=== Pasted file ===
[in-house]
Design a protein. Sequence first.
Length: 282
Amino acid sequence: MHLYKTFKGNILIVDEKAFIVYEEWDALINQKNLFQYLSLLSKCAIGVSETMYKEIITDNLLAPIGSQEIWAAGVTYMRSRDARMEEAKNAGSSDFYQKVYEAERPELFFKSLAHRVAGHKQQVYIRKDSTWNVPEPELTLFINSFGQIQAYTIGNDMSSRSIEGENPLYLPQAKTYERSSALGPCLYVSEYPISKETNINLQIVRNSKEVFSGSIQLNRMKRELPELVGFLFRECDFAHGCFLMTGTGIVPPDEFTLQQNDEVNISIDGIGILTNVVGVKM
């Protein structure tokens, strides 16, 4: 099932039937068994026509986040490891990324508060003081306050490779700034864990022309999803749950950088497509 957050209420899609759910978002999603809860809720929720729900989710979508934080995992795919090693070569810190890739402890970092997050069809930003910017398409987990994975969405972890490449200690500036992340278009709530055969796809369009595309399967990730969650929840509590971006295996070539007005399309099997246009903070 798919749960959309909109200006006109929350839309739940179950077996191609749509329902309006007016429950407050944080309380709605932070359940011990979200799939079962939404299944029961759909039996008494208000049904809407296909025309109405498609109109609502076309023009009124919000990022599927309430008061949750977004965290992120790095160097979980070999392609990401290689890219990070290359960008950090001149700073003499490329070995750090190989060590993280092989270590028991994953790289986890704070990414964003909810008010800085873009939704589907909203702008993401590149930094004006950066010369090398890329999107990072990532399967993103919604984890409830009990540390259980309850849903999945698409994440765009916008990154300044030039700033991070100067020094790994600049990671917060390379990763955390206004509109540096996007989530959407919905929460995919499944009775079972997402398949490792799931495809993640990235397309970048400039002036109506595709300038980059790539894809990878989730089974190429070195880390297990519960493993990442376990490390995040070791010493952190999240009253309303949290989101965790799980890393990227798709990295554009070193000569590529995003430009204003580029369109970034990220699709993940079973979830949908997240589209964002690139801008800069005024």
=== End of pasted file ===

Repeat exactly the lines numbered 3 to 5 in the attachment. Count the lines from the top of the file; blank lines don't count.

Length: 282
Amino acid sequence: MHLYKTFKGNILIVDEKAFIVYEEWDALINQKNLFQYLSLLSKCAIGVSETMYKEIITDNLLAPIGSQEIWAAGVTYMRSRDARMEEAKNAGSSDFYQKVYEAERPELFFKSLAHRVAGHKQQVYIRKDSTWNVPEPELTLFINSFGQIQAYTIGNDMSSRSIEGENPLYLPQAKTYERSSALGPCLYVSEYPISKETNINLQIVRNSKEVFSGSIQLNRMKRELPELVGFLFRECDFAHGCFLMTGTGIVPPDEFTLQQNDEVNISIDGIGILTNVVGVKM
């Protein structure tokens, strides 16, 4: 099932039937068994026509986040490891990324508060003081306050490779700034864990022309999803749950950088497509 957050209420899609759910978002999603809860809720929720729900989710979508934080995992795919090693070569810190890739402890970092997050069809930003910017398409987990994975969405972890490449200690500036992340278009709530055969796809369009595309399967990730969650929840509590971006295996070539007005399309099997246009903070 798919749960959309909109200006006109929350839309739940179950077996191609749509329902309006007016429950407050944080309380709605932070359940011990979200799939079962939404299944029961759909039996008494208000049904809407296909025309109405498609109109609502076309023009009124919000990022599927309430008061949750977004965290992120790095160097979980070999392609990401290689890219990070290359960008950090001149700073003499490329070995750090190989060590993280092989270590028991994953790289986890704070990414964003909810008010800085873009939704589907909203702008993401590149930094004006950066010369090398890329999107990072990532399967993103919604984890409830009990540390259980309850849903999945698409994440765009916008990154300044030039700033991070100067020094790994600049990671917060390379990763955390206004509109540096996007989530959407919905929460995919499944009775079972997402398949490792799931495809993640990235397309970048400039002036109506595709300038980059790539894809990878989730089974190429070195880390297990519960493993990442376990490390995040070791010493952190999240009253309303949290989101965790799980890393990227798709990295554009070193000569590529995003430009204003580029369109970034990220699709993940079973979830949908997240589209964002690139801008800069005024």